As we enter the story of the Passion in St Luke’s Gospel, the tension is building. A number of factions among the Jews were anxious to silence Jesus, each one of them anxious to defend their rights and privileges, and scared to rock a boat captained by the Romans. The Pharisees with their emphasis on purity under the Law were scandalised that Jesus was happy to meet with people who were obvious sinners, even to party with them on occasion. He was undermining everything they stood for, and cheapening the Law of Moses, that’s how they saw it. The supporters of Herod, the dubiously Jewish tetrarch of Galilee, knew that if the Romans were ever to decide Herod was no longer able to keep order, he’d be out of power straight away. And the chief priests in the Temple needed to protect the fragile status quo of their city so as to make sure the Temple remained intact.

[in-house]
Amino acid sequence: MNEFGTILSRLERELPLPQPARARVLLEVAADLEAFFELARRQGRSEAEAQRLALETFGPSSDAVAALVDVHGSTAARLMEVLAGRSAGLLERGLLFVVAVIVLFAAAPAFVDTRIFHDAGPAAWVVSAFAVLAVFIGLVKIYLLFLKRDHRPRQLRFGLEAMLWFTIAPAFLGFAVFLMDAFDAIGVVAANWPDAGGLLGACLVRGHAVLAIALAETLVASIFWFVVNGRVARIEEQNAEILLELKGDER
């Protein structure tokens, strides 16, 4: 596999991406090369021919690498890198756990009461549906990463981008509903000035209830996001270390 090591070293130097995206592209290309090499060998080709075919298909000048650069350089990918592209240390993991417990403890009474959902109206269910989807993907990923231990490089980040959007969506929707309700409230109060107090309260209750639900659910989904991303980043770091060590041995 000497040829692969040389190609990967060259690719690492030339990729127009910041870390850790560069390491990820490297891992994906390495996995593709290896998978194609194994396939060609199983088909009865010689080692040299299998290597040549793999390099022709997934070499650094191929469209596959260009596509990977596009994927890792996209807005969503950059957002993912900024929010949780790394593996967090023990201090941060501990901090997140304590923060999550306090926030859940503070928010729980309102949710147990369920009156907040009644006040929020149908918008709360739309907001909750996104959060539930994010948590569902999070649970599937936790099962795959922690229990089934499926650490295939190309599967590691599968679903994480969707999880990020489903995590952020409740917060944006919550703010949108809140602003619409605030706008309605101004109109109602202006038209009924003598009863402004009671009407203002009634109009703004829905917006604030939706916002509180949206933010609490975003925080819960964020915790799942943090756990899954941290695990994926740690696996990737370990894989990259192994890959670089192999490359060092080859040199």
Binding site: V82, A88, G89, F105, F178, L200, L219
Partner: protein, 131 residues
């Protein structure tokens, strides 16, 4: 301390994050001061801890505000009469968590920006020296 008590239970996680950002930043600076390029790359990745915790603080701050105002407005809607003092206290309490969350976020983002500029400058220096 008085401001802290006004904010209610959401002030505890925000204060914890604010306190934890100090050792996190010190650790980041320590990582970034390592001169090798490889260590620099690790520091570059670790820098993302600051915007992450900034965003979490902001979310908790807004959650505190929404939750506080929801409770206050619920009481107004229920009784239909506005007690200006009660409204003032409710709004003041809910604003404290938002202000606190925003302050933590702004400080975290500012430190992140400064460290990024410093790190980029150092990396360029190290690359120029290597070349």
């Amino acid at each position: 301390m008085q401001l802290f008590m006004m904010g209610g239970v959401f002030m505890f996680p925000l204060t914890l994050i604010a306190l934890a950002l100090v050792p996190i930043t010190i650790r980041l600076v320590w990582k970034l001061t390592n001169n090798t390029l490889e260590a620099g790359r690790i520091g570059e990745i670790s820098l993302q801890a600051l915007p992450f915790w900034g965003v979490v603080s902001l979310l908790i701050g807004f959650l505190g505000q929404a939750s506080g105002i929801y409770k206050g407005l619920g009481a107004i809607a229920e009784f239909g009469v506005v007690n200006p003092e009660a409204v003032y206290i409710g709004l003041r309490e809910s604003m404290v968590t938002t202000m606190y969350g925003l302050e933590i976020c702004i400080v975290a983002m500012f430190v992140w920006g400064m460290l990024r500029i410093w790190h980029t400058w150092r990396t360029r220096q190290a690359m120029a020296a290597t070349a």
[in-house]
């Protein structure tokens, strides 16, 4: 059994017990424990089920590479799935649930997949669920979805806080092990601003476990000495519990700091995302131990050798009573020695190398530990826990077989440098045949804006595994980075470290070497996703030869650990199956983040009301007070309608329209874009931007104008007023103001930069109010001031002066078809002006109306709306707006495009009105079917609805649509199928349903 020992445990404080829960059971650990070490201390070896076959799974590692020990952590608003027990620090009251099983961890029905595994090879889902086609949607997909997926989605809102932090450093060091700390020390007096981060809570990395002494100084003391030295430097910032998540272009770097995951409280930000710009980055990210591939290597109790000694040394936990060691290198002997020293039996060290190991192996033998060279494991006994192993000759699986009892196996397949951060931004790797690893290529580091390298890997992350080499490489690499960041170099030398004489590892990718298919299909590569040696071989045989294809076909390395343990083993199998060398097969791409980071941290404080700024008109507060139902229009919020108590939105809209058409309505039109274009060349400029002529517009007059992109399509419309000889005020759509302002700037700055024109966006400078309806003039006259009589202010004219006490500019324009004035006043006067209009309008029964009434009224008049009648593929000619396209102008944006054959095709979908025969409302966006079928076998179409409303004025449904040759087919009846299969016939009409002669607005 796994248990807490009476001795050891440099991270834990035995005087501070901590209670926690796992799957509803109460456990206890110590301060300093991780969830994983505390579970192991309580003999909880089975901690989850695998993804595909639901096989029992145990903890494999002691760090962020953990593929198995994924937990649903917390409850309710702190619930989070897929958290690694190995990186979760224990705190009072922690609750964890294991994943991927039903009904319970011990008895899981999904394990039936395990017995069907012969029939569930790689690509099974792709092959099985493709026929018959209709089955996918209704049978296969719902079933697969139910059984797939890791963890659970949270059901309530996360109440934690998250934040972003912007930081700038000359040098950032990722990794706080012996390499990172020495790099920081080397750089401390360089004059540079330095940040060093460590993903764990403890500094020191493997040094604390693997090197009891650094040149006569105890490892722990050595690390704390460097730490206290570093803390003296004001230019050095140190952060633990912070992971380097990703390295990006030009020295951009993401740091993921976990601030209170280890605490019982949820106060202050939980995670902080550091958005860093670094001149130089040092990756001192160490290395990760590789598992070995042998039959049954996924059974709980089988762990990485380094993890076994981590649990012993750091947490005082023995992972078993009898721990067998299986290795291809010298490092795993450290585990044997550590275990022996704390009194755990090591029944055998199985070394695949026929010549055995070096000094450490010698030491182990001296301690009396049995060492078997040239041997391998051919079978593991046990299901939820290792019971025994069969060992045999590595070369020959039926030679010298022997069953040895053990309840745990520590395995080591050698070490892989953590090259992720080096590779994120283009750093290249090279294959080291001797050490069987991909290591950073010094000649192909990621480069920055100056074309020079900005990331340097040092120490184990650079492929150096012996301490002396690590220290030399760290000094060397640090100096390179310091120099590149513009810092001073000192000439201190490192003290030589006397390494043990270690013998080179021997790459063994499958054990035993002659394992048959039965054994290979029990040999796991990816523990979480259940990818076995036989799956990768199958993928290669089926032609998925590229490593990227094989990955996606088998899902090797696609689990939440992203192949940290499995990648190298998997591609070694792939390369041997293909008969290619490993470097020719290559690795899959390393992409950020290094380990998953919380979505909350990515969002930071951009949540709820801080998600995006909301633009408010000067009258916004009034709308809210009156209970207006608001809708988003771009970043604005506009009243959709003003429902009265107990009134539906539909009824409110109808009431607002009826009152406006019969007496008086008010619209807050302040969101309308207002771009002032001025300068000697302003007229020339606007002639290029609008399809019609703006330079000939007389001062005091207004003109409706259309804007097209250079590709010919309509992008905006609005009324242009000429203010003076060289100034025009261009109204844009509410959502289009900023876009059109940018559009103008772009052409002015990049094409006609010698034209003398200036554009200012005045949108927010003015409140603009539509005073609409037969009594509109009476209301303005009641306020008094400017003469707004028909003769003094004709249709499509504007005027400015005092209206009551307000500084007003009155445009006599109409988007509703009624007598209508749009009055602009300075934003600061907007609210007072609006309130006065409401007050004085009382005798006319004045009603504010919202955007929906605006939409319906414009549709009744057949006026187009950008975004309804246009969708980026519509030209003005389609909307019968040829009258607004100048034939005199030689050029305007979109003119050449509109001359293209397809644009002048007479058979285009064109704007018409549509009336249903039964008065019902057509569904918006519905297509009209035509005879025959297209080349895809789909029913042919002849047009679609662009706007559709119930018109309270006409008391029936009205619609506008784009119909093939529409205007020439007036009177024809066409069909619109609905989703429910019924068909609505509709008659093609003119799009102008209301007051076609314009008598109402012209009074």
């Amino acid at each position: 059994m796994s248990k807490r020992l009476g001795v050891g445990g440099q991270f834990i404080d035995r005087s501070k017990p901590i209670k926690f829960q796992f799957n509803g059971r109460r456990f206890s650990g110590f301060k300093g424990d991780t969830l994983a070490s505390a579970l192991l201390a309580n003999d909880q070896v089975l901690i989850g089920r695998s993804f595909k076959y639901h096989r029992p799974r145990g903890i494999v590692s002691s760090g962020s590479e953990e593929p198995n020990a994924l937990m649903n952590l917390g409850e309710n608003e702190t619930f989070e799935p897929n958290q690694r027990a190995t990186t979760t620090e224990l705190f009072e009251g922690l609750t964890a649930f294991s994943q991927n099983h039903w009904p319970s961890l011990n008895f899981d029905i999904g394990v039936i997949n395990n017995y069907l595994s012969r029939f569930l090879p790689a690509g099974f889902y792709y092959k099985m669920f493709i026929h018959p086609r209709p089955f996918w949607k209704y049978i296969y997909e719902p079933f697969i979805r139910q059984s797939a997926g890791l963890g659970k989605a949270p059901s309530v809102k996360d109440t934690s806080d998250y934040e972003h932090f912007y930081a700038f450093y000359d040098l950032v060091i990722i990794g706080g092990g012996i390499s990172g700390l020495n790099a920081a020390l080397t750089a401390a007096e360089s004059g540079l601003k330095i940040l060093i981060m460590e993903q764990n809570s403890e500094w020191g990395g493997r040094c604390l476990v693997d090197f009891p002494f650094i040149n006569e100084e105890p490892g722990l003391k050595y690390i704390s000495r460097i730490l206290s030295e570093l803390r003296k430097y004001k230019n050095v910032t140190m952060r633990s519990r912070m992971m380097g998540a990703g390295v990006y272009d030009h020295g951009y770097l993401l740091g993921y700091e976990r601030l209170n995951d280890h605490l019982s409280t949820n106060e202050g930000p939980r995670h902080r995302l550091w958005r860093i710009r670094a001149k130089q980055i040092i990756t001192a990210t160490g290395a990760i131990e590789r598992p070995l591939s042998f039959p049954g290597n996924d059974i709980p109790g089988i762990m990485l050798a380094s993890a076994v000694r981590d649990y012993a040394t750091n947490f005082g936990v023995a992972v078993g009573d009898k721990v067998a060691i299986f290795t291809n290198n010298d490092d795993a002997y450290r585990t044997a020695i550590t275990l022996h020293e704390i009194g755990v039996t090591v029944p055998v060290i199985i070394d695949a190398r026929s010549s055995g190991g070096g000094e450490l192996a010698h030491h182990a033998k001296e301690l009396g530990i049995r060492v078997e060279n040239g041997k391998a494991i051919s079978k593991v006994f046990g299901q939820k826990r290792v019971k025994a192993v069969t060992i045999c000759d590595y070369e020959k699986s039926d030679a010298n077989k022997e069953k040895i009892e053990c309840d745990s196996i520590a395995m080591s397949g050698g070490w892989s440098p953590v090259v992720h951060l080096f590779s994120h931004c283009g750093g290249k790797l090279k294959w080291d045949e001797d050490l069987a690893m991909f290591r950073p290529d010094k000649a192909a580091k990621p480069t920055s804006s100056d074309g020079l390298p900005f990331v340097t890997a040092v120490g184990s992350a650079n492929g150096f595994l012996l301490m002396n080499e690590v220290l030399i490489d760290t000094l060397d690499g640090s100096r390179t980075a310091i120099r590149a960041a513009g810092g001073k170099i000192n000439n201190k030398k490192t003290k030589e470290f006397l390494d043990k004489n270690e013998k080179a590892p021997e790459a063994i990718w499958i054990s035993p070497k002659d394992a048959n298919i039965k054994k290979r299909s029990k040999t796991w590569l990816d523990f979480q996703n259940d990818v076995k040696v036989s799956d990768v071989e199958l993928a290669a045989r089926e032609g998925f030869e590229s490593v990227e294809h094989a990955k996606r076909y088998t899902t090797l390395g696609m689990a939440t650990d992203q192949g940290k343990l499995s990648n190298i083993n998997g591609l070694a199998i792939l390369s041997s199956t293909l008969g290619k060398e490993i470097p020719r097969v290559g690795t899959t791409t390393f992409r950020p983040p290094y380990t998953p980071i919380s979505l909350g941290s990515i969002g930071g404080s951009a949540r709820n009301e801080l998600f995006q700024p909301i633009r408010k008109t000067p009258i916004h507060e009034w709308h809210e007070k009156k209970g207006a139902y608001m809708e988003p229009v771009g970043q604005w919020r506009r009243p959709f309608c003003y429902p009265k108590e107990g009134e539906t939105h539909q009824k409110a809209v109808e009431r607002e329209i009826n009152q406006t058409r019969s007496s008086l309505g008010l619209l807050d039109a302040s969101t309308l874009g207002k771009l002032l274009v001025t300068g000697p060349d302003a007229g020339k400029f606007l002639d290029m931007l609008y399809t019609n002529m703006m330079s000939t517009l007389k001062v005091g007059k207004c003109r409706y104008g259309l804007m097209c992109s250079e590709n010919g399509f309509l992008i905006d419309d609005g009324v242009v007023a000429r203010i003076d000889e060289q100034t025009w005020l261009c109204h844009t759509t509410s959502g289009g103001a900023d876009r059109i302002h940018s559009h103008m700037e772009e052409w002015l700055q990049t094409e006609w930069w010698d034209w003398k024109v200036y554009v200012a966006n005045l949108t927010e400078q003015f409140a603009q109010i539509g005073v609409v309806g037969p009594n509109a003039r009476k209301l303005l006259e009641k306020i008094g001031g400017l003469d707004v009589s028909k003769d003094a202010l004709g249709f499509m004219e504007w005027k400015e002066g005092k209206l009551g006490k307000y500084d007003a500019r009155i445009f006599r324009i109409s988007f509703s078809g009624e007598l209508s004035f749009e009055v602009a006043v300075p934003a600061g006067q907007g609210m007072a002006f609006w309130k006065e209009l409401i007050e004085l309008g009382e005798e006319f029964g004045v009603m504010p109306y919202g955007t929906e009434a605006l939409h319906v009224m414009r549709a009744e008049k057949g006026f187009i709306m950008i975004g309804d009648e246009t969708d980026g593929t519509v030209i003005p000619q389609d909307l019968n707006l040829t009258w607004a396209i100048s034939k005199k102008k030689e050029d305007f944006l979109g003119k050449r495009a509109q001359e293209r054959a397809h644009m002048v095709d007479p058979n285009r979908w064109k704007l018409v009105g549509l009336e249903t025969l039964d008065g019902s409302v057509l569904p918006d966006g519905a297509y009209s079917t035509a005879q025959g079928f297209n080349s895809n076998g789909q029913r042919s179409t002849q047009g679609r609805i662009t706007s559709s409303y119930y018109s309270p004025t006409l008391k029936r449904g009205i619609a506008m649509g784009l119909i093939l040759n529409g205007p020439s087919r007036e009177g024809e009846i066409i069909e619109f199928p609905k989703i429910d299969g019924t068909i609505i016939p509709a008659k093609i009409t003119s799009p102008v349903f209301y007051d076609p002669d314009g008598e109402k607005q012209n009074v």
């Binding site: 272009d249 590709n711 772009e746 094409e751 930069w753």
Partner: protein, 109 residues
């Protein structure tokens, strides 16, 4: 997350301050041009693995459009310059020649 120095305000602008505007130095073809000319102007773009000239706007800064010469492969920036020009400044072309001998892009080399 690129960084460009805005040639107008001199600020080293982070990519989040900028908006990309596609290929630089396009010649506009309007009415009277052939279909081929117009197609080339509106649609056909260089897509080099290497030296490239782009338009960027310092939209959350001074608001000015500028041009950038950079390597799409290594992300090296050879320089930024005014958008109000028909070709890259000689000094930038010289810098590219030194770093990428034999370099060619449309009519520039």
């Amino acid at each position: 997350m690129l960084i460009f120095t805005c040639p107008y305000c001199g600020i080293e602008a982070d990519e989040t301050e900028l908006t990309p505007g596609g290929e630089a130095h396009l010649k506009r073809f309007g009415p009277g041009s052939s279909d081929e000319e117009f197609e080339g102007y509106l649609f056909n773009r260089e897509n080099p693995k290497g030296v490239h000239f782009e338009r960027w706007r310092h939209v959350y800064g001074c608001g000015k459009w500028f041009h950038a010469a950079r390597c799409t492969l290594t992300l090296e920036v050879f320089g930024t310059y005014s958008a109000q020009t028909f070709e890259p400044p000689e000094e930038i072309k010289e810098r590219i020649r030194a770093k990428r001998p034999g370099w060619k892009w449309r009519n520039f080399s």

There were enemies on every side, but now also an enemy among Jesus’ own followers. Satan entered Judas Iscariot, John tells us. There are many theories about what motivated Judas. John’s Gospel presents him as a bad sort who stole from the common purse. But in that case why did Jesus tolerate him? Why had he called him in the first place? So had Judas had lost faith in Jesus, having presumed him to be what probably they all expected - a Messiah whose impact on Jerusalem would be political and military: a Messiah to remove the Romans and the Herods too, and restore the Kingdom of David. So why was nothing happening? Did Judas decide it was better to do a deal and then look elsewhere?